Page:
Business group seeks ‘Asbos’ for drug dealers and beggars

2011 begging legislation failing, says Dublin business body CEO Richard Guiney

Flower sellers beside the Spire, on O’Connell Street, Dublin. File photograph: Dara Mac Dónaill / The Irish Times.

Flower sellers beside the Spire, on O’Connell Street, Dublin. File photograph: Dara Mac Dónaill / The Irish Times.


Anti-social behaviour orders (Asbos) must be enforced to take drug-dealers and persistent beggars off Dublin streets, the chief executive of a city business organisation has said.

Richard Guiney was speaking at the re-branding of Dublin City Business Improvement District, the organisation made up of 2,500 businesses in Dublin city centre, as DublinTown.

Begging legislation, introduced in 2011 “isn’t working” Mr Guiney said, and in particular more had to be done to tackle organised begging. An Asbo is a court order prohibiting specific activities.

“We need to strengthen the hand of the guards and use Asbos for anti-social begging. There have only been eight Asbos implemented so far. I don’t believe in sending people to prison, but people engaged in certain persistent behaviour – drug-taking, dealing and begging – should be barred from certain streets.”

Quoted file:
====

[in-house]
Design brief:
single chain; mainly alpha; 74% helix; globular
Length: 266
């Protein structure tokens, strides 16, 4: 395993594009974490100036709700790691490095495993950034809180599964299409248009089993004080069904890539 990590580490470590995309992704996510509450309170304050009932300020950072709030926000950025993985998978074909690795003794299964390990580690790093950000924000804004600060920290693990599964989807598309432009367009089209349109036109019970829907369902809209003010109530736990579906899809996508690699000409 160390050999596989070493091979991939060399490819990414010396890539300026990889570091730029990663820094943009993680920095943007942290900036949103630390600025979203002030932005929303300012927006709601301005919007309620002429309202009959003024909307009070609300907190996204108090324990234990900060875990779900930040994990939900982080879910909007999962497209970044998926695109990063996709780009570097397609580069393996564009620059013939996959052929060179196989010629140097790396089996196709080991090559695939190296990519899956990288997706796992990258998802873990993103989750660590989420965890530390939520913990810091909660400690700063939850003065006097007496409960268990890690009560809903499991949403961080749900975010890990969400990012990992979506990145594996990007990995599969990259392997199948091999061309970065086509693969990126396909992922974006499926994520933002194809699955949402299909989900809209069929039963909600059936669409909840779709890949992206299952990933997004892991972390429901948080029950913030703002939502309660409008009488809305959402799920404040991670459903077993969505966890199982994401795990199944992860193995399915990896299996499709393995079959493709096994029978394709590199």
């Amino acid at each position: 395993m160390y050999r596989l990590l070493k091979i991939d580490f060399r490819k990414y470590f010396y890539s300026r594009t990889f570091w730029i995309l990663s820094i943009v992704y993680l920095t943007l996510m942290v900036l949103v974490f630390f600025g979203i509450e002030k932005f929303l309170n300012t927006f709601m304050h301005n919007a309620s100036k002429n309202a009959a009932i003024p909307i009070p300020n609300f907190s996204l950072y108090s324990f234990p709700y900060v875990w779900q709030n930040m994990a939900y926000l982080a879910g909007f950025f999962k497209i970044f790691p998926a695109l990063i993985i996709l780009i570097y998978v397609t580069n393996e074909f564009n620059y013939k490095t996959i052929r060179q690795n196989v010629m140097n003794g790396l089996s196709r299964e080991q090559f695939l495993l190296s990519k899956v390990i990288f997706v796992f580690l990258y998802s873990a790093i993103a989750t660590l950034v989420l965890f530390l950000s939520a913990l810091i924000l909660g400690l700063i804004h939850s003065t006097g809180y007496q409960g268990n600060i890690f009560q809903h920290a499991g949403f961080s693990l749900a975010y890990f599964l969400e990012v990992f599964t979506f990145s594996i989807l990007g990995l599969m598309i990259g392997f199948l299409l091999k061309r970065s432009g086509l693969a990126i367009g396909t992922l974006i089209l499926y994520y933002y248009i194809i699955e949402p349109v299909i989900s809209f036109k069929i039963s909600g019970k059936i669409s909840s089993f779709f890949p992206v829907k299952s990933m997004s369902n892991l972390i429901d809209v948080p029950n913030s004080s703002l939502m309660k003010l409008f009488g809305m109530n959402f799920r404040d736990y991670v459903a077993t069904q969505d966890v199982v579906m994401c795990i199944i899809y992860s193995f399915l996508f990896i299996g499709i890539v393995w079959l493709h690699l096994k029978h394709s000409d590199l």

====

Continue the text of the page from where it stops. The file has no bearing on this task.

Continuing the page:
Mr Guiney last February gave evidence in the case of 19-year-old Andrew Foley, from Sarsfield Road, Inchicore, Dublin who had his access to the city-centre severely restricted for two years under an anti-social behaviour order handed down by Judge John O’Neill at Dublin District Court.

The Asbo was imposed after Foley had received at least three Garda warnings within six months for dealing prescription drugs in the O’Connell Street area.

Mr Guiney said businesses were suffering because of “intimidation and a fear factor in the city-centre.”

A recent assessment by Alice Leahy, director of homelessness charity Trust, that drug use and antisocial behaviour on O’Connell Street and other parts of city was worsening, was wrong however, Mr Guiney said.

“That certainly is not true. Operation Spire has been a great success in cleaning up O’Connell Street. There is of course still a drug problem in the city and perhaps it has been displaced to other areas, which might increase the perception of the extent of the problem, but it isn’t getting worse.”

The concentration of addiction and homeless services in the city centre also fuelled anti-social behaviour and the perception of the problem he said.

“We need a decentralisation of drug treatment, providing needle exchanges in local pharmacies and training local GPs to deal with opiate users, but the problem is intensified when all services are concentrated in the city centre, including homeless services I have to say.”

Dublin was recovering rapidly from the recession he said, footfall had steadily increased since Christmas 2011 and building vacancy levels had fallen below 9.5 per cent from 15.6 per cent in February 2011. However he said the Government needed to take the city more seriously.

“Dublin city will be the engine driving Ireland out of recession but we need to create an environment that people will want to be in.”

The new DublinTown brand captures Dublin’s “friendly, informal and community focused personality,” Mr Guiney said.

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